2022-02-22

# Pro Tips for Diagnosing Regression Model Errors

Improve your regression model's accuracy and predictability by uncovering hidden errors with these essential plots.

- Introduction
- TLDR - list of the plots with short description
- Data Preparation
- Plots
- Residual Plot
- Histogram of Residuals
- Scale-Location Plot
- Q-Q Plot
- Leverage Plot
- Cook's Distance Plot
- Actual vs. Predicted Plot
- Mean Absolute Error Plot
- Conclusion

NOTE:This article is still a bit draft but it is published since might be an inspiration and starting point for crafting own visual analysis.

## Introduction

When building a regression model, it is essential to check how well the model performs. We use error metrics such as Mean Squared Error (MSE) or Mean Absolute Error (MAE) to measure the performance of our model. However, these error metrics do not always give us a complete picture of the model's performance. Therefore, it is essential to visualize the model's errors to gain a better understanding of how the model is performing.

## TLDR - list of the plots with short description

**Residual Plot**: A scatter plot of the residuals (the difference between the predicted values and the actual values) against the predicted values. This plot can show if there is a pattern in the residuals, indicating that the model is not capturing some important information in the data.**Q-Q Plot**: A plot that compares the distribution of the residuals to a normal distribution. If the residuals follow a normal distribution, they should fall along a straight line in the Q-Q plot.**Histogram of Residuals**: A histogram of the residuals can show if the distribution is approximately normal or if there are outliers or skewness.**Scatter Plot**: A scatter plot of the predicted values against the actual values can show if the model is making systematic errors, such as under- or over-predicting values.**Box Plot**: A box plot of the residuals can show if there are outliers or if the residuals are skewed.**Cook's Distance Plot**: A plot that shows the influence of each data point on the regression coefficients. Cook's distance is a measure of how much the regression coefficients change when a data point is removed from the dataset.**Leverage Plot**: A plot that shows how much each data point is affecting the regression line. A data point with high leverage has a large influence on the regression line.**Scale-Location Plot**: A plot that shows the square root of the standardized residuals against the predicted values. This plot can show if there is a non-linear relationship between the residuals and the predicted values.**Residuals vs. Time Plot**: A plot that shows if the residuals are correlated with time. This can be important if the data is time-series data.**Partial Regression Plot**: A plot that shows the relationship between the response variable and one predictor variable, while controlling for the effects of other predictor variables in the model.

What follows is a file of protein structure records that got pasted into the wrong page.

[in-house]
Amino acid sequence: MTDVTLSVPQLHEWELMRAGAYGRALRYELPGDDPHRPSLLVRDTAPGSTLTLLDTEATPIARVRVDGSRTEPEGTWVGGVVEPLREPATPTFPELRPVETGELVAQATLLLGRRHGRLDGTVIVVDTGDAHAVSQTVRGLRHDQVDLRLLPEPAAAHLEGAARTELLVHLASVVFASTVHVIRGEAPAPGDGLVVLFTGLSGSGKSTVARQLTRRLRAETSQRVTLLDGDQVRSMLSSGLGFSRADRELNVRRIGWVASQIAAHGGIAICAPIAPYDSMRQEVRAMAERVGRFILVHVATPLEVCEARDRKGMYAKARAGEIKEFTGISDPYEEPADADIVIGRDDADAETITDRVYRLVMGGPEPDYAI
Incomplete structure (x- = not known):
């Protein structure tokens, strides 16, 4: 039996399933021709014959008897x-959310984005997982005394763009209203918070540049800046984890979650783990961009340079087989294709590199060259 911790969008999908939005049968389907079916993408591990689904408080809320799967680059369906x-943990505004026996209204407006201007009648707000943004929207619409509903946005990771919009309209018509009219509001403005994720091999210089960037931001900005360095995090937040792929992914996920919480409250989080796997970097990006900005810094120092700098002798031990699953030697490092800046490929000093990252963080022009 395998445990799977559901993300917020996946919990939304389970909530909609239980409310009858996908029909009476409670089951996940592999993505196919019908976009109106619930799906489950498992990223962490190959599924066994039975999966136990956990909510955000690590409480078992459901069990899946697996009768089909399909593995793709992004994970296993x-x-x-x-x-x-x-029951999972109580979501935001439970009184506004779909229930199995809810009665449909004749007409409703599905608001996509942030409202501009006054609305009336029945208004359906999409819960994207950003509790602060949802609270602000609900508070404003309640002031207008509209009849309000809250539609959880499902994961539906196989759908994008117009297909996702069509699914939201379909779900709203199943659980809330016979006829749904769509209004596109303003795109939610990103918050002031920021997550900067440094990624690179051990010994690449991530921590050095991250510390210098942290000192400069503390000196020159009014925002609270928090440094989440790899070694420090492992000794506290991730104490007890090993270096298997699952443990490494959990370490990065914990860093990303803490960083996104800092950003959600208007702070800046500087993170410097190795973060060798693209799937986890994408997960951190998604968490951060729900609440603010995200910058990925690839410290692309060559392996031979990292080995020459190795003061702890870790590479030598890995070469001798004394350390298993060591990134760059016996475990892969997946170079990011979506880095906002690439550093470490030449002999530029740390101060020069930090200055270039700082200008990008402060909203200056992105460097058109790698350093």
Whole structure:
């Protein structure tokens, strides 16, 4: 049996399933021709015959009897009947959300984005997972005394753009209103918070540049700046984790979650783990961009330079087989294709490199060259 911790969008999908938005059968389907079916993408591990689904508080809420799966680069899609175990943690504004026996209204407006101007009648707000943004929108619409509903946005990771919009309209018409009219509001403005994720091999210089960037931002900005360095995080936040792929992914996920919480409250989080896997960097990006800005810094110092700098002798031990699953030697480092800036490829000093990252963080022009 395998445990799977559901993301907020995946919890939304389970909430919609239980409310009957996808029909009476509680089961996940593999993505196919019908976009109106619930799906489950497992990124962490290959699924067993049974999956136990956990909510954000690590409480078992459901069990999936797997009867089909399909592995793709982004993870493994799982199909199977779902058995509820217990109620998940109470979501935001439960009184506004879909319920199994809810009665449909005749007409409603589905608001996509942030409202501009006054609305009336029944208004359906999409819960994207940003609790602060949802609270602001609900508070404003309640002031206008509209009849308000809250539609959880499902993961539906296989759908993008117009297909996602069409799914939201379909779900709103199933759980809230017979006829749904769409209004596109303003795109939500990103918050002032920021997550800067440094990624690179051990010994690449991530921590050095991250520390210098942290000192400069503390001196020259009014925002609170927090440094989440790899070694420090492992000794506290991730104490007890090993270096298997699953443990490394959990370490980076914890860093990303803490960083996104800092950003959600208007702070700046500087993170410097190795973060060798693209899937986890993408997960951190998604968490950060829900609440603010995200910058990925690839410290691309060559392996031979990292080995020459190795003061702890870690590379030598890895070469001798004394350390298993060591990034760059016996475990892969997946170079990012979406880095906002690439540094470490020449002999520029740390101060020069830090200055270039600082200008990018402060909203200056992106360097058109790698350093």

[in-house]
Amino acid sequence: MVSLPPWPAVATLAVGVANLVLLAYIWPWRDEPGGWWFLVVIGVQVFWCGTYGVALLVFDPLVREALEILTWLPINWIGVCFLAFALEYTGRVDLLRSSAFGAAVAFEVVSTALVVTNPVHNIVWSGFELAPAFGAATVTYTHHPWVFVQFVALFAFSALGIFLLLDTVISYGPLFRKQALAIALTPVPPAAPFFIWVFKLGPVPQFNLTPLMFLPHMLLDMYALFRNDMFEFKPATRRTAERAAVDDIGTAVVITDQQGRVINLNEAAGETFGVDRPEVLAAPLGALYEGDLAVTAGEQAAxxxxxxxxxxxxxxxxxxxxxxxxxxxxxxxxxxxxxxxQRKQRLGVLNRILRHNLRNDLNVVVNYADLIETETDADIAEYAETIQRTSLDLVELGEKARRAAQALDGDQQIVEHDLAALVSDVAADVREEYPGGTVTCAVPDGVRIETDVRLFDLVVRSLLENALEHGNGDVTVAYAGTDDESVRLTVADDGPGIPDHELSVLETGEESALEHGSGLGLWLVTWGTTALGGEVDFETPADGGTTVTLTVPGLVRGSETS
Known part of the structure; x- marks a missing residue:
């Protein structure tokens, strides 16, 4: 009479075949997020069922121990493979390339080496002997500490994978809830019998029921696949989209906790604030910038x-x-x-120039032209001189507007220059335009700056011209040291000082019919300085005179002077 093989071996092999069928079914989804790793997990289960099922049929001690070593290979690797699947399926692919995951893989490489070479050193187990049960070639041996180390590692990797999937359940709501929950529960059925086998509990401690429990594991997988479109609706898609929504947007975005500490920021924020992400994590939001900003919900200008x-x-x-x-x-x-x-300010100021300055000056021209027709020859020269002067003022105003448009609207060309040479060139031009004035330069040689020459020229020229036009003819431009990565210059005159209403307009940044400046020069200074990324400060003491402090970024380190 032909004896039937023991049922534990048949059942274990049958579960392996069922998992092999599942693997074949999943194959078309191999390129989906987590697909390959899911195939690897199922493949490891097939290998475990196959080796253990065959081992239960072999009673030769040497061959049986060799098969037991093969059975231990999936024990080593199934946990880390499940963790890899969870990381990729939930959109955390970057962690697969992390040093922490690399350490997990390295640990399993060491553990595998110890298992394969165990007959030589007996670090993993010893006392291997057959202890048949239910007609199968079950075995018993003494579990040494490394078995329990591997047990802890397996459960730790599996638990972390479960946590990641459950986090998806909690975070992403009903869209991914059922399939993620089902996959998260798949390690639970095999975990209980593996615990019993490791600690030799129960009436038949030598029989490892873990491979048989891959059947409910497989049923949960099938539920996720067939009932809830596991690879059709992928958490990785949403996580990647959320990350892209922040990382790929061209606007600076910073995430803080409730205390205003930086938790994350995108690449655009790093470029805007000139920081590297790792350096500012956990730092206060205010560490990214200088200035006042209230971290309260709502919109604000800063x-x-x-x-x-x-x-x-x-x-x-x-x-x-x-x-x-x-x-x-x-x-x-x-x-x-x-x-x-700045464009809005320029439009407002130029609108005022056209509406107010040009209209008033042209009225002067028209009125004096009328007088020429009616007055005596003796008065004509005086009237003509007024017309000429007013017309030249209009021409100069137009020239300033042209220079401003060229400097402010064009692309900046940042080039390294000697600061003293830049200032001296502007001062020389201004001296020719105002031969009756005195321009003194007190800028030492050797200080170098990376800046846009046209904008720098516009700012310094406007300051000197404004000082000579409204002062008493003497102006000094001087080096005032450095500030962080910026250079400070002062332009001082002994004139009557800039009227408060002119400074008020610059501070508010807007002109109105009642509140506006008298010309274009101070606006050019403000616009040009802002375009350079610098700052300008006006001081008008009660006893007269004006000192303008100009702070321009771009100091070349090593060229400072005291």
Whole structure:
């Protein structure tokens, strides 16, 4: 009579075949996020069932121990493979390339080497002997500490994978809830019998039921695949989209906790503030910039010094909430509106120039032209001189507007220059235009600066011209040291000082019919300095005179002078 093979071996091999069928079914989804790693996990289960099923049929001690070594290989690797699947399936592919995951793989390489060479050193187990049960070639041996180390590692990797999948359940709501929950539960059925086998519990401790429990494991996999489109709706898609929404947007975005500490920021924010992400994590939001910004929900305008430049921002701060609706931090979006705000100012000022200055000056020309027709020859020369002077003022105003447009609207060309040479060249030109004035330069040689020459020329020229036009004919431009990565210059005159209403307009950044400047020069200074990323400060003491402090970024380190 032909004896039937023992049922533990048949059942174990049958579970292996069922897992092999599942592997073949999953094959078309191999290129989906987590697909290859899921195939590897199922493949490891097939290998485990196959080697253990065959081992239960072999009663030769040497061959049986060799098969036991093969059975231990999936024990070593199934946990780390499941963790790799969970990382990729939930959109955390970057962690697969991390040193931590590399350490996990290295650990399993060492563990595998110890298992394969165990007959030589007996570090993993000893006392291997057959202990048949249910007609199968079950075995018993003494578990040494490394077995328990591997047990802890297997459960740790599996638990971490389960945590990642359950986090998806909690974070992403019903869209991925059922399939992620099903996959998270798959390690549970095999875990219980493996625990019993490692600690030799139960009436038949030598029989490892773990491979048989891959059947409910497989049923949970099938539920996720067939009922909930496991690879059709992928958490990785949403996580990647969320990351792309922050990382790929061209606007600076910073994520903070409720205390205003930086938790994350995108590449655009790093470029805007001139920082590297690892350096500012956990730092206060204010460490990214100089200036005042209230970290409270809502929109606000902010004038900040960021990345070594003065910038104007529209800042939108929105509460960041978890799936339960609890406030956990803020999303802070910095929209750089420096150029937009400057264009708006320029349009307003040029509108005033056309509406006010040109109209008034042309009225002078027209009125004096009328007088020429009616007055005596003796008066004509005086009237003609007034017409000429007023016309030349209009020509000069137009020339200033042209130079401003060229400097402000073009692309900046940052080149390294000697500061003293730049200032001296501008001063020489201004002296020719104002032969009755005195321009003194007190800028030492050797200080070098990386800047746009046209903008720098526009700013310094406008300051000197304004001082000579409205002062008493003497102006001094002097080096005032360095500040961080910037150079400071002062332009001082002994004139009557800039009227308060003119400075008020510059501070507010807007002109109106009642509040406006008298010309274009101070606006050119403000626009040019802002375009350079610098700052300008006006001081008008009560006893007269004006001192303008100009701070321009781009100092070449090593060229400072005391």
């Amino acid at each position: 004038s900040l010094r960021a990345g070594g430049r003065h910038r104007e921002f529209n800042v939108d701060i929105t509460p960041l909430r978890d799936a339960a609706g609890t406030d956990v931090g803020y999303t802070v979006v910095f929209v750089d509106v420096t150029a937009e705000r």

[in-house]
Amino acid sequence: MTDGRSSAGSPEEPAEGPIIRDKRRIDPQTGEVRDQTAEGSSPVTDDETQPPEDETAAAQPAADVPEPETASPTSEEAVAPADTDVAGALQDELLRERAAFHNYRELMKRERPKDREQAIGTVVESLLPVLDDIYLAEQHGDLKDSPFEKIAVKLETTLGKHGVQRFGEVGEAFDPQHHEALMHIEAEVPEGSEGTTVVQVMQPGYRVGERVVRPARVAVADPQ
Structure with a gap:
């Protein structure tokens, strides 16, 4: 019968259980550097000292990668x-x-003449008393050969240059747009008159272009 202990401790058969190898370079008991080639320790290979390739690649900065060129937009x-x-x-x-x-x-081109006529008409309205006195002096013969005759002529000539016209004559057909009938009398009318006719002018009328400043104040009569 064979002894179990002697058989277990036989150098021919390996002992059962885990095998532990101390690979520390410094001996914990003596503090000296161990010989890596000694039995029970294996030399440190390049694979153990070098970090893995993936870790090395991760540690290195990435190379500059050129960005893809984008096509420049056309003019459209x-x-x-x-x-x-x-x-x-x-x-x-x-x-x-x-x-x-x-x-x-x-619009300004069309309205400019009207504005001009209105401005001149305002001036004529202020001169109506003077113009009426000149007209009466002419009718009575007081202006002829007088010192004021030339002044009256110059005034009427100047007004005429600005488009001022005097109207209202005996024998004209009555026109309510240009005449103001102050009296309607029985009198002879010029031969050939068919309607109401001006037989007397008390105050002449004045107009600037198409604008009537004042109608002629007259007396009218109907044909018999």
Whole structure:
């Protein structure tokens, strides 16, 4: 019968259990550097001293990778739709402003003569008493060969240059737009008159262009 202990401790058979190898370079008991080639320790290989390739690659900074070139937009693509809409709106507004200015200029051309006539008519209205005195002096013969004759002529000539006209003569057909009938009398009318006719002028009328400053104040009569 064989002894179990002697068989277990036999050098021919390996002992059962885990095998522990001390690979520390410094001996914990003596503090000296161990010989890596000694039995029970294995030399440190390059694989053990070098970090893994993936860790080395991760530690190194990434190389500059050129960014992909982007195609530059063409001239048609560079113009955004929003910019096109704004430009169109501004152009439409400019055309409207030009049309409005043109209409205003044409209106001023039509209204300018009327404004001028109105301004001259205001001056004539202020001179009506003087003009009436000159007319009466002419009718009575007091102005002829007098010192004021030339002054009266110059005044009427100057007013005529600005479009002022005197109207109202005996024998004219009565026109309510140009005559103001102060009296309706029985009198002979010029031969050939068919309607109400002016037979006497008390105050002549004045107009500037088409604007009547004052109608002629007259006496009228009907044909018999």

In this blog post, we will discuss some of the most insightful plots to visualize regression model prediction errors. We will provide Python code snippets to generate each type of plot.

## Data Preparation

Before we start building our regression model, let's load the Boston Housing Dataset and split it into training and testing datasets.

```
import numpy as np
import pandas as pd
from sklearn.datasets import load_boston
from sklearn.model_selection import train_test_split
boston = load_boston()
boston_df = pd.DataFrame(boston.data, columns=boston.feature_names)
boston_df['MEDV'] = boston.target
X = boston_df.drop('MEDV', axis=1)
y = boston_df['MEDV']
X_train, X_test, y_train, y_test = train_test_split(X, y, test_size=0.2, random_state=42)
```

We will be using a simple linear regression model to predict the target variable (MEDV). Let's train our model and make predictions on the test dataset.

```
from sklearn.linear_model import LinearRegression
lr = LinearRegression()
lr.fit(X_train, y_train)
y_pred = lr.predict(X_test)
```

Now that we have made predictions using our regression model, let's move on to visualizing the model's errors.

## Plots

### Residual Plot

The residual plot is one of the most commonly used plots to visualize the regression model's errors. It shows the difference between the actual and predicted values (residuals) plotted against the predicted values.

A good regression model will have residuals randomly scattered around the zero line. If the residuals have a pattern or are not randomly distributed, it indicates that the model is not performing well.

```
import matplotlib.pyplot as plt
residuals = y_test - y_pred